As Arlington, on high ground overlooking the capital, was critical to either the defense or defeat of D.C., Union leaders were eager to control it. After Virginia seceded in May 1861, Union troops crossed en masse into Virginia and soon took command of the estate. The grounds were quickly converted into a Union camp.
By 1862, Congress had passed a law that imposed a tax on the real property of “insurrectionists.” Mary was unable to pay the tax bill in person, and her proxy’s attempt to satisfy the debt was rebuffed. As a result, Uncle Sam seized Arlington, and at its auction, the federal government purchased the estate for $26,800 (about $607,000 today, far below market value).
Not only a good bargain, Union leaders felt that by seizing the estates of prominent Rebels, they would, in the words of Gen. William T. Sherman: “Make them so sick of war that generations would pass away before they would again appeal to it.”
In 1863, after thousands of former slaves, freed by the Emancipation Proclamation, converged on D.C., a Freedman’s Village was established on the estate “complete with new frame houses, schools, churches and farmlands on which former slaves grew food for the Union war effort.”
One sees more than poetic justice in the fact that its rich lands, so long the domain of the great general of the rebellion, now afford labor and support to hundreds of enfranchised slaves.
As Union casualties began to mount in the spring of 1864, Gen. Meigs suggested burying some of the dead at Arlington. The first, on May 13, 1864, was Pvt. William Christman, a poor soldier whose family could not afford the cost of a burial. Soon, many other indigent soldiers were laid to rest on Arlington’s grounds, near the slave and freedman cemetery that had already been established. Realizing the efficacy of this system, Gen. Meigs urged Secretary of War Edwin M. Stanton:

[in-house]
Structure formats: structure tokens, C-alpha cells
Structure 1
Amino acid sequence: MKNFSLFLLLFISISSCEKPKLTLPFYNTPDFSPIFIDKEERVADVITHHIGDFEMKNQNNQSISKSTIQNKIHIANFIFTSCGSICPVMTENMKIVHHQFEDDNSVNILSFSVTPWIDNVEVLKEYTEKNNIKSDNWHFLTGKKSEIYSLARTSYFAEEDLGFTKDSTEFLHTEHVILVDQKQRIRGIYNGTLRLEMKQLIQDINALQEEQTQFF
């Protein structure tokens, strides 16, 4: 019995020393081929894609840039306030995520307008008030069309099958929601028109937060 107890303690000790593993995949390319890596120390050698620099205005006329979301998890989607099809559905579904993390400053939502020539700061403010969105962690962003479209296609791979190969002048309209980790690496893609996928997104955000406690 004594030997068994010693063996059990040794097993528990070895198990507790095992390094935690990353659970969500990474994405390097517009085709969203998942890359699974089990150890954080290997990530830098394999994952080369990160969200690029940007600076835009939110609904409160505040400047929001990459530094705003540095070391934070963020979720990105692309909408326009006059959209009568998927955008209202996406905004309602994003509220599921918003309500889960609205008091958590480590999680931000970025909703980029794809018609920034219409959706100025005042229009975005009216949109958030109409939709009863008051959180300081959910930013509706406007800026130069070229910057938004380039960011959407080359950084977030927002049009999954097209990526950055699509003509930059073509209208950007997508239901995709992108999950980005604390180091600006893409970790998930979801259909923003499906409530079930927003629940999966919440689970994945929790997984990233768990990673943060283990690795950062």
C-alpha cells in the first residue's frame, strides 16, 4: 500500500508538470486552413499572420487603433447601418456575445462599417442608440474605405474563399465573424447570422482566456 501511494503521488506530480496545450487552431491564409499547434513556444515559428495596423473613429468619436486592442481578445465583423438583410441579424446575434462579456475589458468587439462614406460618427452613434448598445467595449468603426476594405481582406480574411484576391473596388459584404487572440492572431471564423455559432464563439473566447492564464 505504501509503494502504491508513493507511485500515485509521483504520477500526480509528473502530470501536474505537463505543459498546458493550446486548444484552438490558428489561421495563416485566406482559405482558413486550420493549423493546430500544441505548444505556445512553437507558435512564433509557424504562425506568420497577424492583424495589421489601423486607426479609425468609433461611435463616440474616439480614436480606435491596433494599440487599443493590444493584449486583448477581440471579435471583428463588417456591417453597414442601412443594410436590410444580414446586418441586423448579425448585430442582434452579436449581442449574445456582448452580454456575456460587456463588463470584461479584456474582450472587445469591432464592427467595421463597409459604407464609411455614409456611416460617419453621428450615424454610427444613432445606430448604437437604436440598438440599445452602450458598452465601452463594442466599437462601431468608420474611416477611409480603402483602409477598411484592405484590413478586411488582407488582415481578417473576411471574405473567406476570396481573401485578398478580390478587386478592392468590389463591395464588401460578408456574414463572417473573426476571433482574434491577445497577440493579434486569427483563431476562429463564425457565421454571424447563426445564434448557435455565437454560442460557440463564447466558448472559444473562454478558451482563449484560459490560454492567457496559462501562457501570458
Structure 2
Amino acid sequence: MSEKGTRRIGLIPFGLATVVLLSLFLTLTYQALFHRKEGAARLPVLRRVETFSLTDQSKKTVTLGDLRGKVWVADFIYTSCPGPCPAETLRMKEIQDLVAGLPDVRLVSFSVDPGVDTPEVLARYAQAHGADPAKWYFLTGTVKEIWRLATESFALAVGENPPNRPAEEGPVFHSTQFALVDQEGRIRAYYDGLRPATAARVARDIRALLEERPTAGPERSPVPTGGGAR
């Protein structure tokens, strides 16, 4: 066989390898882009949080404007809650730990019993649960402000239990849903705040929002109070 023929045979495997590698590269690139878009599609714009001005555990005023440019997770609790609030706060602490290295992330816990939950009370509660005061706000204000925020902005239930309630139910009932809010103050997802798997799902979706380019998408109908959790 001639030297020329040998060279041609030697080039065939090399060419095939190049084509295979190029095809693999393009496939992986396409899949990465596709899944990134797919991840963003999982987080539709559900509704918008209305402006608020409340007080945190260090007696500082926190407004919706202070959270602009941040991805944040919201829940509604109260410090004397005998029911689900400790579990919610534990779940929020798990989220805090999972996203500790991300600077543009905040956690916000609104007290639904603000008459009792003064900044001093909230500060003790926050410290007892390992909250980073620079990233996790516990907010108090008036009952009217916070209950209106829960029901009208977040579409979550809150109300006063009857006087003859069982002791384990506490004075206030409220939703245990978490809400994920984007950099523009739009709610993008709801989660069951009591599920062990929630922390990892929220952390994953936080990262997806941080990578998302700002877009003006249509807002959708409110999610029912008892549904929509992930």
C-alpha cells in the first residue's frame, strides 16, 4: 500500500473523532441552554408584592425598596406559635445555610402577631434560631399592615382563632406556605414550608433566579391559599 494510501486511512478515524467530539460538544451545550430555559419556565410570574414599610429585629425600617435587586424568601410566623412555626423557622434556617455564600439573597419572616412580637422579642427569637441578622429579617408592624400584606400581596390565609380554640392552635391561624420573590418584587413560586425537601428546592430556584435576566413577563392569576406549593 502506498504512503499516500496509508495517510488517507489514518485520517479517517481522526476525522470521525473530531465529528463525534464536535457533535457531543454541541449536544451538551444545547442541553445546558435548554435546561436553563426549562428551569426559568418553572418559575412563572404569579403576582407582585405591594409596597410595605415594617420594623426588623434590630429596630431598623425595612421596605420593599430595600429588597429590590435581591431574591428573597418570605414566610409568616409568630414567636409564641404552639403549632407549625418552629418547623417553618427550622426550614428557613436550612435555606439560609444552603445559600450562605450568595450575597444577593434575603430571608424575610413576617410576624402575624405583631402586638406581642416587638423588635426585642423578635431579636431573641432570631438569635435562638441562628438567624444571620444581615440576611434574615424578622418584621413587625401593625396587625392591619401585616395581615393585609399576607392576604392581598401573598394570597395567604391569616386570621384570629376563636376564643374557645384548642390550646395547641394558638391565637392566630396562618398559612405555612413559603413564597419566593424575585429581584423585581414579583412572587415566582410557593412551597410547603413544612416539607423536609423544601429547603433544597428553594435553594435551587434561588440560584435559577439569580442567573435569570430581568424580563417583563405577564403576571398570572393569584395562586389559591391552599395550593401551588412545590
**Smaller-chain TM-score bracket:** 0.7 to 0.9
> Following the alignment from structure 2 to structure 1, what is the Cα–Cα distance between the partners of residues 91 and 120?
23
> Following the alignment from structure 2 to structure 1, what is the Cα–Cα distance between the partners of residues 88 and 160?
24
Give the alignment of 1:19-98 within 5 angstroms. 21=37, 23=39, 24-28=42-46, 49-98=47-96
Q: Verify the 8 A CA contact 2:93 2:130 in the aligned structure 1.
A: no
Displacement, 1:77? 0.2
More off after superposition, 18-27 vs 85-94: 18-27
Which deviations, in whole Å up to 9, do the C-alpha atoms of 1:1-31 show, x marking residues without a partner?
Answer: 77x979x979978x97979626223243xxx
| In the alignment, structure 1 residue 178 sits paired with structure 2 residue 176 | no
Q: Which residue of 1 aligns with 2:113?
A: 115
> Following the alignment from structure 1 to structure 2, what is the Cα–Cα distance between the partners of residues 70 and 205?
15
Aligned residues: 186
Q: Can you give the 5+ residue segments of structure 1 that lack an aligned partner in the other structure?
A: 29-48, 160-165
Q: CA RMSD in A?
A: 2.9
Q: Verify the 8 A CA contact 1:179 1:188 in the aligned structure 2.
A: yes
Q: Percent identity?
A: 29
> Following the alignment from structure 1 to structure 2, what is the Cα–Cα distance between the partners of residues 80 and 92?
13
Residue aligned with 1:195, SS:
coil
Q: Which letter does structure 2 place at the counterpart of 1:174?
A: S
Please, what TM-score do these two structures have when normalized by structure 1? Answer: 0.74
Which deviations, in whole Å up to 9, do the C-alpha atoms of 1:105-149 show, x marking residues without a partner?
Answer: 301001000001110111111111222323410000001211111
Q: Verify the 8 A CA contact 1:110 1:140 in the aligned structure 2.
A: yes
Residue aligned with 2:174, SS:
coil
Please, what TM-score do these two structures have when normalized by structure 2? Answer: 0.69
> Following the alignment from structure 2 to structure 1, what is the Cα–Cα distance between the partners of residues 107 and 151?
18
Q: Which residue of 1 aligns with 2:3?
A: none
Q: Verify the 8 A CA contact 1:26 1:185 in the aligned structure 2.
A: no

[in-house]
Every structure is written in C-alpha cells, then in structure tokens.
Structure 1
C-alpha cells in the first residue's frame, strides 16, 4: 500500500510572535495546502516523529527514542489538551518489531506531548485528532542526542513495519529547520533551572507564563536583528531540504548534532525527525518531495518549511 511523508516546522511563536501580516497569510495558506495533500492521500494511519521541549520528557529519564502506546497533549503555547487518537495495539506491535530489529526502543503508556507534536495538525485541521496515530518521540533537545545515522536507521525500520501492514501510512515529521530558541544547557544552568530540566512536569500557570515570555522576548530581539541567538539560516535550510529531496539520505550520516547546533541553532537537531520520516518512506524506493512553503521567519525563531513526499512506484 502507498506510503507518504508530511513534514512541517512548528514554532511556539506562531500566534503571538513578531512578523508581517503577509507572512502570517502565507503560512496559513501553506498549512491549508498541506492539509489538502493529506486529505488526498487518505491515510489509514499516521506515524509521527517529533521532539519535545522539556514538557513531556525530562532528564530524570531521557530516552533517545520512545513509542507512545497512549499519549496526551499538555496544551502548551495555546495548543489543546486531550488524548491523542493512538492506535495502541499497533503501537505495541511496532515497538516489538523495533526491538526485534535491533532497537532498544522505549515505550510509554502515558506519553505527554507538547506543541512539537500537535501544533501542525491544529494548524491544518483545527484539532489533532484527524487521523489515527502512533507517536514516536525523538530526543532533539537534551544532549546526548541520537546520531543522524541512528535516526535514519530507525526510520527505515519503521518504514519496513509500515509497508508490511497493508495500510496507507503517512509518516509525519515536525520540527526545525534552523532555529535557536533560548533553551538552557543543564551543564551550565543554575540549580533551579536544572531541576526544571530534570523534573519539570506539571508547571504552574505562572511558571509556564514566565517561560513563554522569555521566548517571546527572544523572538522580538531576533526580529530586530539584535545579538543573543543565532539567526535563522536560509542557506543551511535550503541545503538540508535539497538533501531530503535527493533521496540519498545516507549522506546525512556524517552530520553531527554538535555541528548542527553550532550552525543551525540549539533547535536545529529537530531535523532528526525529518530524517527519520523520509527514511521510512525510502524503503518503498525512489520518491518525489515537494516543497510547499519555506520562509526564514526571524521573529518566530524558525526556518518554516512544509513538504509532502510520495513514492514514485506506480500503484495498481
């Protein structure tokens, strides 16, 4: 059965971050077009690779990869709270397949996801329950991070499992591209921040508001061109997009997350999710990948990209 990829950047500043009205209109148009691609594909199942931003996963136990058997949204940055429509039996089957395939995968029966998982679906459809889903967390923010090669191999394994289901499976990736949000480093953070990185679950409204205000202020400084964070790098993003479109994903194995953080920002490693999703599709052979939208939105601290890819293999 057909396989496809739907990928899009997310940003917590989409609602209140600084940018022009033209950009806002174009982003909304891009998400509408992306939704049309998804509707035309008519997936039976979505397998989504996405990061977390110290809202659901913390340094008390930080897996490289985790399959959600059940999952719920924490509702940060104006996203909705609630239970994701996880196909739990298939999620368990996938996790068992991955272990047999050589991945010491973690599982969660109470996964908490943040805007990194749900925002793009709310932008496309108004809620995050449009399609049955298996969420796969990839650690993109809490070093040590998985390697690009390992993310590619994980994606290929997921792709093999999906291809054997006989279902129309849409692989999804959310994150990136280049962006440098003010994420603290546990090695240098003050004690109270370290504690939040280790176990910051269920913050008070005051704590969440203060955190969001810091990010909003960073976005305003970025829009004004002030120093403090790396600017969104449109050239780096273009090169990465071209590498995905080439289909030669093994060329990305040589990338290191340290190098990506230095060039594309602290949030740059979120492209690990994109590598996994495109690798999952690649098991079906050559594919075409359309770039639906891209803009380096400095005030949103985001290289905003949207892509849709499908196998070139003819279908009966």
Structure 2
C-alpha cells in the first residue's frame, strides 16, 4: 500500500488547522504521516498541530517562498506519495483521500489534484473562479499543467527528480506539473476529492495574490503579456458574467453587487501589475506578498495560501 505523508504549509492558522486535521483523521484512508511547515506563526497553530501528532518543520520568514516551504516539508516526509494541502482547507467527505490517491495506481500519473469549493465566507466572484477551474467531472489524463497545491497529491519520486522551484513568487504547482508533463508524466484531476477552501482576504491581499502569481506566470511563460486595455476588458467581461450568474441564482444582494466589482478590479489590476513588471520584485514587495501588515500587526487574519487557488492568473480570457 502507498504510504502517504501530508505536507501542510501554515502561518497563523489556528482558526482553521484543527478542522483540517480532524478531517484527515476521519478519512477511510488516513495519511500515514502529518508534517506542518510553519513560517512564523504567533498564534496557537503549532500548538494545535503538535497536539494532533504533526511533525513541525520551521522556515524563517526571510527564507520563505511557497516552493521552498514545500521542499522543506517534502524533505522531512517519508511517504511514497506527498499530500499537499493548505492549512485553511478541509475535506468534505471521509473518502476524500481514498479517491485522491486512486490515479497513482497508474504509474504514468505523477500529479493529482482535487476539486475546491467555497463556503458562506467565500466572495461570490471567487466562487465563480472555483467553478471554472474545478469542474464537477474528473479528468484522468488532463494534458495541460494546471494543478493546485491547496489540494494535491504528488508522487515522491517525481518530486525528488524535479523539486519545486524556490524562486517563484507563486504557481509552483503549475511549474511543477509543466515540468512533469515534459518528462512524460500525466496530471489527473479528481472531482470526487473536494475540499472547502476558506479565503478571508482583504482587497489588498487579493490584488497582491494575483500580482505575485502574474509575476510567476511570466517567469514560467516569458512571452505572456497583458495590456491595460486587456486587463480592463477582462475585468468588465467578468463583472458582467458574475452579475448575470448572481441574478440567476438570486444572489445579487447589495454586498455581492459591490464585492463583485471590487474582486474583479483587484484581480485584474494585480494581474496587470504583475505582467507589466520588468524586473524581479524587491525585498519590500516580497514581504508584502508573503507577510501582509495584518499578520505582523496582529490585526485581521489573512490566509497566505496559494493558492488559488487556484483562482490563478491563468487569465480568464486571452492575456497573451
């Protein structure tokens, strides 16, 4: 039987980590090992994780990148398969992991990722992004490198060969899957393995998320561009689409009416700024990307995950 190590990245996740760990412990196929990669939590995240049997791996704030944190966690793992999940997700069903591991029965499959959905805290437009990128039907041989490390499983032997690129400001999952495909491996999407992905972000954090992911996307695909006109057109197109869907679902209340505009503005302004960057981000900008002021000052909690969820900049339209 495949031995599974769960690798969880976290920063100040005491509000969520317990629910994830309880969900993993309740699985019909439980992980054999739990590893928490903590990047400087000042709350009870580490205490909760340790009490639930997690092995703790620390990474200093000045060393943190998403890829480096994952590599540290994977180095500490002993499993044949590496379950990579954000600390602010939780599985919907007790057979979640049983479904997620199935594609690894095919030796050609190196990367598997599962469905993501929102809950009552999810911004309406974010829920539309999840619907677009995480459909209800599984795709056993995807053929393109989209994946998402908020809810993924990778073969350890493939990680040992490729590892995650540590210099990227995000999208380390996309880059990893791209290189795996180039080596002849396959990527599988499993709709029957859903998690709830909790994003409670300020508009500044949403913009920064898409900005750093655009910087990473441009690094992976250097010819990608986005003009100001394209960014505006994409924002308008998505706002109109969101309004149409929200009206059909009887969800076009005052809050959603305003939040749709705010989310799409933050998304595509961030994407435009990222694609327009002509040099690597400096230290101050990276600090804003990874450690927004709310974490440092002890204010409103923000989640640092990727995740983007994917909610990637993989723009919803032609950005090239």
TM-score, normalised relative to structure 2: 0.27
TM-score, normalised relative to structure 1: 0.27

I recommend that . . . the land surrounding Arlington Mansion . . . be appropriated as a National Military Cemetery, to be properly enclosed, laid out and carefully preserved for that purpose.
Serving the dual goals of paying homage to the dead and making “Arlington uninhabitable for the Lees,” Meigs had prominent Union officers buried near Mrs. Lee’s garden. He also placed a mass grave of over 2000 unknown soldiers, topped with a raised sarcophagus, close to the house.
After the war, the Lee’s tried in vain to regain Arlington. Mary wrote to a friend that the graves: “are planted up to the very door without any regard to common decency.” After Robert E. Lee’s death in 1870, Mary petitioned Congress for the return of her family home, but this proposal was soundly defeated.
Shortly after, other monuments and structures honoring the dead were erected including numerous elaborate Gilded Age tombstones and the large, red McClellan Gate at the entrance to the grounds.
The family was not done, however, and in January 1879, following six days of trial a jury determined that the requirement that Mary Lee had to pay the 1862 tax in person was unconstitutional. On appeal, the Supreme Court concurred, so the property was once again in the hands of the Lee family.
Rather than disinter graves and move monuments, however, the federal government and Mary Lee’s son, George Washington Custis Lee, agreed on a sale. On March 31, 1883, Uncle Sam purchased Arlington from the Lee family for $150,000 (about $3,638,000 today).
One of the National Cemetery’s most well known gravesites is that of President John Fitzgerald Kennedy with its eternal flame. Two of his children and Jackie Kennedy are also interred there.
William Howard Taft is the only other U.S. President buried on the grounds, and he along with three other Chief Justices and eight associate justices represent the Supreme Court at Arlington.